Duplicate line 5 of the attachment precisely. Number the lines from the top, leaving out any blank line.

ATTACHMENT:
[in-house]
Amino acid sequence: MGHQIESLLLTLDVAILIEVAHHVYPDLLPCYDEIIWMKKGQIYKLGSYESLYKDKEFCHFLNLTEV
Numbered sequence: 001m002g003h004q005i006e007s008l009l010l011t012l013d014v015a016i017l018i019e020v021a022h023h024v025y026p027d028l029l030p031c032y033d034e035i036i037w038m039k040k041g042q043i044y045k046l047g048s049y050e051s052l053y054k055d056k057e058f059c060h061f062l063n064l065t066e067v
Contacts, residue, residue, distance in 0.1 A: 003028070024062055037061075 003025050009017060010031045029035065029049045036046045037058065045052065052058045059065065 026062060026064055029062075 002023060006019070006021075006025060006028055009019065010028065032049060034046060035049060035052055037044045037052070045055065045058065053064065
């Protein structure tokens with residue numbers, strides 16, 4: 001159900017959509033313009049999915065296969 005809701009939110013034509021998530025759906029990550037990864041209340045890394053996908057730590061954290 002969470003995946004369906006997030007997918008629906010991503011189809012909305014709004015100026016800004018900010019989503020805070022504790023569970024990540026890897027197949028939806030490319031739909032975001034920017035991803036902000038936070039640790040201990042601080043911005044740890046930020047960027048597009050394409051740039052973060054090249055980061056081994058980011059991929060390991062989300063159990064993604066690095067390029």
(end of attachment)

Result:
């Protein structure tokens with residue numbers, strides 16, 4: 001159900017959509033313009049999915065296969 005809701009939110013034509021998530025759906029990550037990864041209340045890394053996908057730590061954290 002969470003995946004369906006997030007997918008629906010991503011189809012909305014709004015100026016800004018900010019989503020805070022504790023569970024990540026890897027197949028939806030490319031739909032975001034920017035991803036902000038936070039640790040201990042601080043911005044740890046930020047960027048597009050394409051740039052973060054090249055980061056081994058980011059991929060390991062989300063159990064993604066690095067390029």